Global Insider: South Korea Naval Shipbuilding
Daewoo Shipbuilding & Marine Engineering, a South Korean shipbuilder, recently submitted a $3.5-billion bid for a Brazilian warship contract. In an e-mail interview, Mingi Hyun, research fellow at the Korea Institute for Maritime Strategy (KIMS), discussed South Korea's naval shipbuilding sector. The opinions expressed here do not necessarily reflect those of KIMS.
WPR: What is the current state of the South Korean military shipbuilding sector?
Mingi Hyun: Korea possesses a capable naval shipbuilding sector, composed of four government-designated naval shipbuilders: Daewoo Shipbuilding & Marine Engineering (DSME), Hyundai Heavy Industries (HHI), Hanjin Heavy Industries & Construction (HHIC) and STX Offshore & Shipbuilding. These shipbuilders have constructed some of the world's most sophisticated naval vessels, such as the KDX-3 Aegis destroyers, Type 214 submarines, and state-of-the-art LPX amphibious vessels.
These capabilities should benefit the country's defense industry, as the shipbuilders possess great potential to become the industry's dominant export cash cow. This is largely due to the financial value of individual ships, which can range from $100 million to over $1 billion per ship, as well as the growing volume of the international naval market, which, according to AMI International, is valued at $690 billion over the next 20 years.
The Korean government has been looking to reform the country's defense industry in a more export-oriented fashion, in order to nurture it into one of the world's largest by 2020. Great responsibility rests on the shoulders of the naval shipbuilders.
WPR: What are its most significant international partnerships?
Hyun: Korean shipbuilders have worked extensively with a number of American and European system houses that supply missiles, radar systems and combat-management systems. While these relationships have been oriented to the domestic market, some of them have been shifting their focus toward the export market. A few years ago, HHI formed a partnership with Lockheed Martin to export HHI destroyer hulls equipped with a scaled-down Lockheed Martin Aegis weapon system, a ship type that may appeal to aspiring medium-power navies in Asia and South America. Other foreign system houses have privately expressed interest in looking into similar arrangements with Korean shipbuilders.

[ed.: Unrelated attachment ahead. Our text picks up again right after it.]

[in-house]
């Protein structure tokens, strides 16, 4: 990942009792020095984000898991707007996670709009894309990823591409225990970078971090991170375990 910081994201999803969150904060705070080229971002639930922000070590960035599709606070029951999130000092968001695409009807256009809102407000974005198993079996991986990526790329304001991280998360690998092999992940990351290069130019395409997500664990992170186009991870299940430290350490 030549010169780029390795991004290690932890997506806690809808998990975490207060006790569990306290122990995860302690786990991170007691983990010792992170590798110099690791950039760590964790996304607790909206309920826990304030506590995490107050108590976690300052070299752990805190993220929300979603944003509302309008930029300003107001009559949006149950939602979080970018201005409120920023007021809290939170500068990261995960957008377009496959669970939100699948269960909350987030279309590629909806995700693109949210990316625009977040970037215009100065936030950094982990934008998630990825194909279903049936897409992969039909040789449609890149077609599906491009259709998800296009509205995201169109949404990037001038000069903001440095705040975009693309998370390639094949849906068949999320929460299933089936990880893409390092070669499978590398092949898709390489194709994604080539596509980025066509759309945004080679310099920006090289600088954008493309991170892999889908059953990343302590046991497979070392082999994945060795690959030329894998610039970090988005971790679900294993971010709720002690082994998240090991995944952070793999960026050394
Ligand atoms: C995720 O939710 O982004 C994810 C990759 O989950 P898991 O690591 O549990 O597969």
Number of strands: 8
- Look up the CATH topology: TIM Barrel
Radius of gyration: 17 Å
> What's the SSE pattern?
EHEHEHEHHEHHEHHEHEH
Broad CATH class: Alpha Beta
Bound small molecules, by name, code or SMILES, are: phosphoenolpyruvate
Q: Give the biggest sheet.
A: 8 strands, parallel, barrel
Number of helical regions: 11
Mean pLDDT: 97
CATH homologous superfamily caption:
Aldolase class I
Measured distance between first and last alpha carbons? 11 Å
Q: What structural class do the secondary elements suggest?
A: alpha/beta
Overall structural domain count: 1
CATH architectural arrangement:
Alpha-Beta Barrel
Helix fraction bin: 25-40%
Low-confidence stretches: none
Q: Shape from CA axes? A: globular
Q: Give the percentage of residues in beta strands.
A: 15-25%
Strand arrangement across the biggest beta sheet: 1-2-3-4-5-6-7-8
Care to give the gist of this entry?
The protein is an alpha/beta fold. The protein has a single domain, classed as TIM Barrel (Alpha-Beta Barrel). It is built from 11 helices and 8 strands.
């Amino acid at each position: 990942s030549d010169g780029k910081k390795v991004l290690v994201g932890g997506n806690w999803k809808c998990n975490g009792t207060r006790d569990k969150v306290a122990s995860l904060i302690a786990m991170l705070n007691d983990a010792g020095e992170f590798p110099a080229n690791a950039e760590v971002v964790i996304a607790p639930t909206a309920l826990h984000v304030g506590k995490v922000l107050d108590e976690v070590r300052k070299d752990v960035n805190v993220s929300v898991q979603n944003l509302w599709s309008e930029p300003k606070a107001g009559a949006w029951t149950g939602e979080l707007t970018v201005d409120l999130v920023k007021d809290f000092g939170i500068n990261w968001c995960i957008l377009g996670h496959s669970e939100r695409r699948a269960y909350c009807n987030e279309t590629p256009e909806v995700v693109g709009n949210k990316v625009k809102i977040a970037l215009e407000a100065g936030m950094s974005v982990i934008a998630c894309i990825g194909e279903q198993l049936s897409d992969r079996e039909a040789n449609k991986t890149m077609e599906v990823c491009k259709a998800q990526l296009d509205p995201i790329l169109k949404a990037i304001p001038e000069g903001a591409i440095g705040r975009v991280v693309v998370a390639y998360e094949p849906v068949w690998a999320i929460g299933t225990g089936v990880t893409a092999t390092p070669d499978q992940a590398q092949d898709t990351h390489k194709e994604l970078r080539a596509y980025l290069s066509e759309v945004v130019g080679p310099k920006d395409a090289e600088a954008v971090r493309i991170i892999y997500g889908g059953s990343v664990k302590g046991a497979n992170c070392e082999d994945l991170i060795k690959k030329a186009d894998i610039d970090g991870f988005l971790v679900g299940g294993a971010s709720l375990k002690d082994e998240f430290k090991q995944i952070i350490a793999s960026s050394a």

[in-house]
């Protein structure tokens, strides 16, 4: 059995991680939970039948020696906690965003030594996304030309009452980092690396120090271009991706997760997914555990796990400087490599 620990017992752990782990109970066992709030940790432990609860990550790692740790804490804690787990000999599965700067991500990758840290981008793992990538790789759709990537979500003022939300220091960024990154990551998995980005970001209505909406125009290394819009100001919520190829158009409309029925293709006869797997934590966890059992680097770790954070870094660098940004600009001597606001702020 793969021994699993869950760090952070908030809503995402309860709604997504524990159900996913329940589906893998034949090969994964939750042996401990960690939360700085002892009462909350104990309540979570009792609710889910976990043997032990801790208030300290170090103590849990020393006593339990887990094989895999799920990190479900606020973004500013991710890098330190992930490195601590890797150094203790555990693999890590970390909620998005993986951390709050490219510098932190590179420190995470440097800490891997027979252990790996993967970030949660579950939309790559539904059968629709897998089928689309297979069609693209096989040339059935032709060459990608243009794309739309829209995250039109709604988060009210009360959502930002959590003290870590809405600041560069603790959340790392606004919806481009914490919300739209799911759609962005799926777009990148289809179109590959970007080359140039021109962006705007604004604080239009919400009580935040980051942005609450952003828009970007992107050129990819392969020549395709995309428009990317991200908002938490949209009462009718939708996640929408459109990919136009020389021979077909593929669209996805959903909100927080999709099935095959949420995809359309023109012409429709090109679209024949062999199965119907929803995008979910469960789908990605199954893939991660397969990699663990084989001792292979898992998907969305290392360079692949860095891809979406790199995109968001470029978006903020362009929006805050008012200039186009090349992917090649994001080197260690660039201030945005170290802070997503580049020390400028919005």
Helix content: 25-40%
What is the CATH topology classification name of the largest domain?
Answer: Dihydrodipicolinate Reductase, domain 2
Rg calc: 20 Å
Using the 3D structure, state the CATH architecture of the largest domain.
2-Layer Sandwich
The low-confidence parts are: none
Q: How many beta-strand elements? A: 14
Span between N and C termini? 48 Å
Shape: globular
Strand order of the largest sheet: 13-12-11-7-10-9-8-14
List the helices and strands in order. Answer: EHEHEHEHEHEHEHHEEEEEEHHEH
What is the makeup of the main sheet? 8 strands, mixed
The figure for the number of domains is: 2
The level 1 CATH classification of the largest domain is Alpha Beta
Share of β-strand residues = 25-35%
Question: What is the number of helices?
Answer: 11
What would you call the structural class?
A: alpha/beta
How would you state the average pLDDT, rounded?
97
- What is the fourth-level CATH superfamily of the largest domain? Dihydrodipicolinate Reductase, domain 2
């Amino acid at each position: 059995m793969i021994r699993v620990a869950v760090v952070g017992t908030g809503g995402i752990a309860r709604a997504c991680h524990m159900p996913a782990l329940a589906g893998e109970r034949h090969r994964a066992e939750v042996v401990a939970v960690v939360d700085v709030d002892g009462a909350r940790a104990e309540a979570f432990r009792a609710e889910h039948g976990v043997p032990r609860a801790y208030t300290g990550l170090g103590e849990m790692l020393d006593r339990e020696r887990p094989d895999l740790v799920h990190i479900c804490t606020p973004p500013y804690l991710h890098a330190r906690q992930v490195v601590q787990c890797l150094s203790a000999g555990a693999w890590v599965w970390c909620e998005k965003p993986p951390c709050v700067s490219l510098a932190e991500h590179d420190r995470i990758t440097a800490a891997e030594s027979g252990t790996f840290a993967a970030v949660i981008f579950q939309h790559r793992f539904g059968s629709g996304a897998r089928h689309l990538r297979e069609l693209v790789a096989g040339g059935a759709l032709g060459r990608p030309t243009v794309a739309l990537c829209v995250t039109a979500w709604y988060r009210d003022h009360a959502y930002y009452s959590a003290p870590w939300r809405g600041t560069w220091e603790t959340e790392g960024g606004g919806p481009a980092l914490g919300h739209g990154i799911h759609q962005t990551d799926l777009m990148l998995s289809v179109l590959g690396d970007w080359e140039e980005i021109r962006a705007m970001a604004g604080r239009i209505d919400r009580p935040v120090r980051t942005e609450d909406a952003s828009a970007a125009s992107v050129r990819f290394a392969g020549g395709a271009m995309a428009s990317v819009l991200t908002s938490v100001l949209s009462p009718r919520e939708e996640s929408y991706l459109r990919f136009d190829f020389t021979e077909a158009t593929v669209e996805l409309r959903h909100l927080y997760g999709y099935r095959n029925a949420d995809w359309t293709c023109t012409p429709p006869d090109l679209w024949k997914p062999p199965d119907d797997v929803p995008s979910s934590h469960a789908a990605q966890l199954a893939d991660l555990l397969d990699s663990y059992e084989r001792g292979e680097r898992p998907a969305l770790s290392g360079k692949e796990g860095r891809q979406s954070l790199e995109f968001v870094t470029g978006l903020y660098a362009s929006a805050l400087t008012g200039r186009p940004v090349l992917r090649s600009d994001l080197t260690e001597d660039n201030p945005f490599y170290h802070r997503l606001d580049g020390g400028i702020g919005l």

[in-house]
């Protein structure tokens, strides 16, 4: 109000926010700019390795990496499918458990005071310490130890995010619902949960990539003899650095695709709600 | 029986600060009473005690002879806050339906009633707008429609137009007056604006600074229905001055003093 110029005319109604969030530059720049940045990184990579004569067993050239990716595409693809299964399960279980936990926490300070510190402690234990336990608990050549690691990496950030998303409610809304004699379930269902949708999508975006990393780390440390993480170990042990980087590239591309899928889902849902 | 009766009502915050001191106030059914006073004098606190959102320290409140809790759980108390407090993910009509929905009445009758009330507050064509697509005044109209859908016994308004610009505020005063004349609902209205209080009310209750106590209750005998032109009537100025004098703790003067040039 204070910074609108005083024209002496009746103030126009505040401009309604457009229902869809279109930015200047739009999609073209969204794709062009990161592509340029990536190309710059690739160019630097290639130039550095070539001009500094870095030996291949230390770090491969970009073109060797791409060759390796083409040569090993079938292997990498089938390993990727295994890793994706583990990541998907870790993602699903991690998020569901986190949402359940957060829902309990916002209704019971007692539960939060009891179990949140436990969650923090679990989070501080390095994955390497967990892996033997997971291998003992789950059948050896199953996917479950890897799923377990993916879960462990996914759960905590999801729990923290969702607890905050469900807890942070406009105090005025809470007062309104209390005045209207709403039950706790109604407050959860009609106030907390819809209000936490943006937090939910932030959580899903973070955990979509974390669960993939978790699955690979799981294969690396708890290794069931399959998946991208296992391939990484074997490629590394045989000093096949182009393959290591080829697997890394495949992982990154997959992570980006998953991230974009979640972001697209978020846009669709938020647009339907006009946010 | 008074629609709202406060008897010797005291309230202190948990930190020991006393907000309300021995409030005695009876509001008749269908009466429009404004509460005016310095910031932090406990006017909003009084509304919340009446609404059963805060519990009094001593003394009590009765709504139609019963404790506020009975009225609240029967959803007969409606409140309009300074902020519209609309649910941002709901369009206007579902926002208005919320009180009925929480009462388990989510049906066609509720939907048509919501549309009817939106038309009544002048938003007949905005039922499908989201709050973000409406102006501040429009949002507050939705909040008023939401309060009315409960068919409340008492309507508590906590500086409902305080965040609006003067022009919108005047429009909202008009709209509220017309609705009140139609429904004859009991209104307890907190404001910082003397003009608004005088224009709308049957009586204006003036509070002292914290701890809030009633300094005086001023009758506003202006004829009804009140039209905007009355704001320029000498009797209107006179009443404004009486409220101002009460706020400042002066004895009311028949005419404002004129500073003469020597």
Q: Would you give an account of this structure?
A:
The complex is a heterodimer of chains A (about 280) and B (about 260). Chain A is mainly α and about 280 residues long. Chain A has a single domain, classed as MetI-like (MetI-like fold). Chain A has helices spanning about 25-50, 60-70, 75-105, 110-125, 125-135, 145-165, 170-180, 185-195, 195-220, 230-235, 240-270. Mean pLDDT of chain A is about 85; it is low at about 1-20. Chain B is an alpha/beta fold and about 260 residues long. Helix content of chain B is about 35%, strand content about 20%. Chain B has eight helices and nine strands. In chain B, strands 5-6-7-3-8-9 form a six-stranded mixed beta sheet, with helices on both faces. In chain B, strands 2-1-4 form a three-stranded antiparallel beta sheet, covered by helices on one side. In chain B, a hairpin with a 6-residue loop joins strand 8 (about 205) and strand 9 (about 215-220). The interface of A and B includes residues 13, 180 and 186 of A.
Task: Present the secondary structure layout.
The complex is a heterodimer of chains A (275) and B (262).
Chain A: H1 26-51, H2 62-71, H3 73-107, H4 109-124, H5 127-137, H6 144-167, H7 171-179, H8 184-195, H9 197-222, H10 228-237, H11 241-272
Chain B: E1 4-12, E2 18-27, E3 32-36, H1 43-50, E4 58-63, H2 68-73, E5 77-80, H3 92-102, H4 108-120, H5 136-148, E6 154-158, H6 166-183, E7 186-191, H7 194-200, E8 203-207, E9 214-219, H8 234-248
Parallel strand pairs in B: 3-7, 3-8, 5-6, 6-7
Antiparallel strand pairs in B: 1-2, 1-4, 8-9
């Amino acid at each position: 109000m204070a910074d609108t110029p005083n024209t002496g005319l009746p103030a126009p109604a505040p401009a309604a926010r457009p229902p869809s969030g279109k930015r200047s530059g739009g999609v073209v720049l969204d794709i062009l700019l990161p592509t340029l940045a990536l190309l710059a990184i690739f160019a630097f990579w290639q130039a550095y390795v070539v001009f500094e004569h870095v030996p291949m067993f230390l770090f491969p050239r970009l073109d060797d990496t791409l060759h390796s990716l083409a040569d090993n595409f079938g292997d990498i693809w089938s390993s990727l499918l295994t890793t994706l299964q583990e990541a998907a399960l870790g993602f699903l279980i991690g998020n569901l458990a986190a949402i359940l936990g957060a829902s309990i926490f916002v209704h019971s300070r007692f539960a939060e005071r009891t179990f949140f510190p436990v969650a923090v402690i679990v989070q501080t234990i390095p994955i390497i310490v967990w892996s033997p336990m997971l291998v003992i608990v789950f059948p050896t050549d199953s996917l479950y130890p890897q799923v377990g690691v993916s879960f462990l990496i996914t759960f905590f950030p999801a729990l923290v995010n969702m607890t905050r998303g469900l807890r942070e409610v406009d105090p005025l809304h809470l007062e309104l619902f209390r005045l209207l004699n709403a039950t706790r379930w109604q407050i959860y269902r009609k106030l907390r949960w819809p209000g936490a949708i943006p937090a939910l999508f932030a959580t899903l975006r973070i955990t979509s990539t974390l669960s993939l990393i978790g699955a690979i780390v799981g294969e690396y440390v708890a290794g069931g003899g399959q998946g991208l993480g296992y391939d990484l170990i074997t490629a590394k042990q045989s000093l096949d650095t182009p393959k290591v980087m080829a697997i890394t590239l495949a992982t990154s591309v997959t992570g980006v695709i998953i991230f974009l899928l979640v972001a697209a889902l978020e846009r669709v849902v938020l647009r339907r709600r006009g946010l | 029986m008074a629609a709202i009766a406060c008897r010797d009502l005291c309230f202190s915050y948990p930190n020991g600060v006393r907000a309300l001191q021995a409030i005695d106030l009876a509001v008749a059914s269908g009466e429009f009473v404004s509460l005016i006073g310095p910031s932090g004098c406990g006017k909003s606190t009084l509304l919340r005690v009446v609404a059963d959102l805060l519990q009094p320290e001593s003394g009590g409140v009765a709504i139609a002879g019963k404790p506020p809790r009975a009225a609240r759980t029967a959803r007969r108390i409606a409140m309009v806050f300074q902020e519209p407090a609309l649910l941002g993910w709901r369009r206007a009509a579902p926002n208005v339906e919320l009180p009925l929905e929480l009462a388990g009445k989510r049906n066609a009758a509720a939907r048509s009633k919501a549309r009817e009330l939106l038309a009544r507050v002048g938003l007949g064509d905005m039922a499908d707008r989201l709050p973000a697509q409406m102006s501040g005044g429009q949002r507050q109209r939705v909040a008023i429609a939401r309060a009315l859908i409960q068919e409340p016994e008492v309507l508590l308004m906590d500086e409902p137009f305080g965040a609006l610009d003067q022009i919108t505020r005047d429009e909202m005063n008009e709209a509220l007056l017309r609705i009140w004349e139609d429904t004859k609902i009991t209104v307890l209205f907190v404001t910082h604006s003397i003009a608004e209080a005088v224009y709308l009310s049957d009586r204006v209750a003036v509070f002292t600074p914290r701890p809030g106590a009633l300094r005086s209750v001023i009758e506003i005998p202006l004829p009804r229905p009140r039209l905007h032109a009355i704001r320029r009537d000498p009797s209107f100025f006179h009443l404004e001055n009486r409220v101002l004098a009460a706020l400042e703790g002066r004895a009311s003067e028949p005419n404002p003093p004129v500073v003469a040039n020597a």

WPR: What are the opportunities and challenges facing the sector's global competitiveness?
Hyun: Korea's greatest competition is mostly in Europe, where naval shipbuilders have been mainstays in the international naval export market for decades. Korean shipbuilders are relative newcomers, far less acclimated to the market's intricacies and idiosyncrasies. European shipbuilders also possess arguably the world's most advanced naval-ship-design capabilities, which enable them to exercise a great degree of innovation, whether by enabling new operational concepts aboard ships by accommodating a variety of unmanned systems or by reducing energy consumption through innovative hull and screw designs.
That said, Korean shipbuilders have their own strengths. They have garnered a positive international image largely thanks to the Republic of Korea Navy, whose destroyers and submarines have sailed around the globe to successfully conduct operations and exercises with a multitude of foreign navies. Additionally, Korean shipbuilders have been reputed for constructing solid-quality naval vessels, for being highly cost-effective and not causing cost overruns, and for their strict adherence to construction schedules compared to many of their international competitors, which often struggle in one or more of these areas.
Though not yet established internationally, Korean naval shipbuilders have a sound foundation upon which to build up the necessary capabilities to challenge their European competition. It will not be an easy task, but the future of the Korean defense industry depends heavily on being able to do so.